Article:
LOS ANGELES (AP) -Steve Yeager has learned the hard way about being in the wrong place at the wrong time. He's just grateful to have survived.
``I'm like a cat. I might have used a few lives up, but I'm here,'' the former World Series co-MVP said four weeks after a bizarre car wreck. ``I guess God said it wasn't my time and the devil didn't want me.''
Yeager, who played for the Los Angeles Dodgers from 1972-85, underwent surgery for a punctured esophagus nearly 31 years ago after the barrel end of a broken bat struck him as he stood in the on-deck circle.
``They knew I was OK the next morning when I asked for bacon and eggs for breakfast instead of a liquid breakfast,'' the 58-year-old former catcher recalled with a chuckle.
Yeager said he spent about 10 days on the sidelines before returning to action.
Now a coach for the Single-A Inland Empire 66ers of the California League, Yeager was on a freeway headed home following a night game May 4 when another vehicle hit the center divider, went airborne and came down on top of his car.
``Bam. That's it. It happened so fast,'' Yeager said. ``I saw the car coming, tried to swerve to my right. It was too late. I swerved enough so it didn't land directly on top of me, just partially on top on the driver's side.
``It sent me spinning - I ended up on the side of the road.''
Yeager said when his car finally came to rest, he saw blood - lots of blood - coming from his left arm. And he felt the kind of pain that can't be measured.
``How do you describe pain? I started moving my fingers to make sure everything was still attached, and figured, `We'll go from there,''' he said. ``My arm's still attached and nothing serious happened to me. I'm just lucky it wasn't worse than it was.''
It was bad enough. Yeager said he needed between 250 and 300 stitches including six or seven in his left ear. He said it took a plastic surgeon about 2 1/2 hours to sew him up.
``I could have been killed in both situations,'' he said. ``I'm still here, I'm still kicking. I'm still doing what I love to do. I love being around the kids. Hopefully I can help them fulfill their dream just like mine was.''
Yeager returned to 66ers last Monday night, but in a limited capacity. Manager Dave Collins called the accident a huge jolt to the team, saying Yeager was probably missed as much for who he is as he was for what he contributed as the team's coach and hitting instructor.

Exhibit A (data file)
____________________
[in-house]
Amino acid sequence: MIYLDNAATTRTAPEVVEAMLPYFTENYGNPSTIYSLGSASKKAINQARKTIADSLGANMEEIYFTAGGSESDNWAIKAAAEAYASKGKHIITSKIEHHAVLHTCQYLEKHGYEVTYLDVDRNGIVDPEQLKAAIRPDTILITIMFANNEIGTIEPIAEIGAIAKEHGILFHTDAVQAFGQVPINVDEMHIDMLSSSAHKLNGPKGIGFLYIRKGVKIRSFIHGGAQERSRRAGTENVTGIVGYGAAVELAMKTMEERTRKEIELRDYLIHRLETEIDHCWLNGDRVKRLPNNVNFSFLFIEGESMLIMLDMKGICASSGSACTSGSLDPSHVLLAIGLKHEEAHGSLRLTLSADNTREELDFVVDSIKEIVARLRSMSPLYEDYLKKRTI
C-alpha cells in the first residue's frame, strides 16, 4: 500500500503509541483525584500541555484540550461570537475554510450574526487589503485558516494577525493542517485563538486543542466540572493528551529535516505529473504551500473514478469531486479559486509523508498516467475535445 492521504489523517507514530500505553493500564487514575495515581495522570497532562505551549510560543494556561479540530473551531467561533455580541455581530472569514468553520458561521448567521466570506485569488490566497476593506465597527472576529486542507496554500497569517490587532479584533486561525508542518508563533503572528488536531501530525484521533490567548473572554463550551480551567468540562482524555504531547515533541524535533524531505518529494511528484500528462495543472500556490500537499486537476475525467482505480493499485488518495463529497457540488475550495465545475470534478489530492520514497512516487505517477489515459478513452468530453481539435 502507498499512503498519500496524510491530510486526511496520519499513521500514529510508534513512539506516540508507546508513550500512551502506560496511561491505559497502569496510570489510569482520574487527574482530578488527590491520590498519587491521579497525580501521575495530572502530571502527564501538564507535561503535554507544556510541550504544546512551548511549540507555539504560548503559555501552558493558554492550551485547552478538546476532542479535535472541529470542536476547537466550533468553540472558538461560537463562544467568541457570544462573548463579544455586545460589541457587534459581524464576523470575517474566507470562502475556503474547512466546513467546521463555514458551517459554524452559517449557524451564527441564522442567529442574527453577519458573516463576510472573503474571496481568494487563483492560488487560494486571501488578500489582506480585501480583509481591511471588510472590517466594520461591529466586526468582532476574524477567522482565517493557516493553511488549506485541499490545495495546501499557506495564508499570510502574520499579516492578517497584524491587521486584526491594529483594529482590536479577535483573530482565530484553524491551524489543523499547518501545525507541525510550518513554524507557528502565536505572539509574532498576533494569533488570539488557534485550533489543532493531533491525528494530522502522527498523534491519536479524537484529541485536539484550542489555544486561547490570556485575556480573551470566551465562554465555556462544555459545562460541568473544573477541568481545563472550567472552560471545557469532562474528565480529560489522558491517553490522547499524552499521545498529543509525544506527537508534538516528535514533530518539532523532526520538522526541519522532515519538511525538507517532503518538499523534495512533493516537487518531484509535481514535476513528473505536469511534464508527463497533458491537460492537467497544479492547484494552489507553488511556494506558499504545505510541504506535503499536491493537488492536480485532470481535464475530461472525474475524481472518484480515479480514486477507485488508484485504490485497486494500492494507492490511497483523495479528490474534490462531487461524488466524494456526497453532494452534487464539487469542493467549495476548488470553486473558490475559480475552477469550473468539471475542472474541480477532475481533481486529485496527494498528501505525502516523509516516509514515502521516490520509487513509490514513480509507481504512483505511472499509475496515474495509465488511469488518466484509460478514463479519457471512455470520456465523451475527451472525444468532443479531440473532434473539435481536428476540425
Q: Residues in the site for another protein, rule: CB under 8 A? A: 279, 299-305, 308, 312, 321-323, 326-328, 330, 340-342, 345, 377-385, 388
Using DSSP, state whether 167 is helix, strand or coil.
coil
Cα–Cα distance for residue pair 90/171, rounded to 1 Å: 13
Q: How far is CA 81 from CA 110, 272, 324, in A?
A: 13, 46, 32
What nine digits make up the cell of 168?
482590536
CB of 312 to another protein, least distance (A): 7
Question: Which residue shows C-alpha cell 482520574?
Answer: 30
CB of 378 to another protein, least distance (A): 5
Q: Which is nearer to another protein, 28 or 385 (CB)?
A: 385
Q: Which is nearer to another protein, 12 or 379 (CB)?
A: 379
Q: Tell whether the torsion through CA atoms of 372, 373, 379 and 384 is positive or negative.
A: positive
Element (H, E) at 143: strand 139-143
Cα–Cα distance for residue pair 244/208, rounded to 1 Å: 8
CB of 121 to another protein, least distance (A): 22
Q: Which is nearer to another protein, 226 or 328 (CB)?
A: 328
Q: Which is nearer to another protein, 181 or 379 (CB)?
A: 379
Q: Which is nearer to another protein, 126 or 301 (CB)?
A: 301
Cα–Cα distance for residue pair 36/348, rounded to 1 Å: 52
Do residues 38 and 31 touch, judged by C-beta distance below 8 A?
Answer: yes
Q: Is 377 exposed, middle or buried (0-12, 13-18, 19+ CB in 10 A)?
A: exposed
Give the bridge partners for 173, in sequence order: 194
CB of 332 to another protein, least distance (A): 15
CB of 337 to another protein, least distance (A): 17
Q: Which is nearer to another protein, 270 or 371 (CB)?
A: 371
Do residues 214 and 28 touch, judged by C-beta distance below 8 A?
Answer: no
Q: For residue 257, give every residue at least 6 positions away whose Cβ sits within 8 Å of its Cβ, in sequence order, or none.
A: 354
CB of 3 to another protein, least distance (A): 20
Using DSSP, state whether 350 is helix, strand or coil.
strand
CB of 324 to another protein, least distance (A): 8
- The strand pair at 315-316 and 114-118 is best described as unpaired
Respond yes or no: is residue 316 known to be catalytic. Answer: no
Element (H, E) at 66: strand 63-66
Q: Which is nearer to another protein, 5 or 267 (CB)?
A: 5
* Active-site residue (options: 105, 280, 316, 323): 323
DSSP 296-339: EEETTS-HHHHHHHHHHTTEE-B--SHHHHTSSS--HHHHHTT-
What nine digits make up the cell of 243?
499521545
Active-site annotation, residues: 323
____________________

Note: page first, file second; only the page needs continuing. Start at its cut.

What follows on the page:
``He's the life of the party, very outgoing, he's got a great ability to keep the mood very positive,'' Collins said. ``He loves to joke around with the kids, help the kids enjoy what they're doing. He was able to throw some batting practice, but he can't hit fungos for a while. He's still banged up.
``He's the same old Boomer, you could put him on Jay Leno, he's a riot. He's like a big kid himself. It's great that the kids have that back.''
Yeager looks forward to being able to do more.
``That time will come,'' he said. ``We all mend, we all heal, and we go on. We don't sit around and mope. The hardest thing for me was to be on the disabled list for three weeks. I'm not the type of guy who likes to sit around and do nothing.
``I have a responsibility to the players, to the (Dodgers) organization. My job is to get them to the big leagues.''
He said he's going to have an MRI on his left shoulder, and will begin rehab work soon.
Yeager said he didn't drive for about 10 days after the accident. When he did, he was overly cautious.
``I had several sets of eyeballs - two in the front, two in the back, two on each side, a revolving head going around,'' he said.
Yeager was known for his defense as a catcher with the Dodgers. He played on four NL pennant winners and the 1981 World Series championship team, sharing the MVP award with teammates Pedro Guerrero and Ron Cey.
That was a long time ago. Yeager is clearly focused on the present.
``The players keep me young, they keep me going,'' he said. ``I've got my own kids who keep me young, too.
Yeager has three sons. The younger two, aged 11 and 14, accompany him to many of the 66ers' games.
``They shag and they get along with the players,'' he said. ``They have a good time. Part of baseball is being able to go to work with dad. The ballpark is a fun place to be.
``It's good to be me.''

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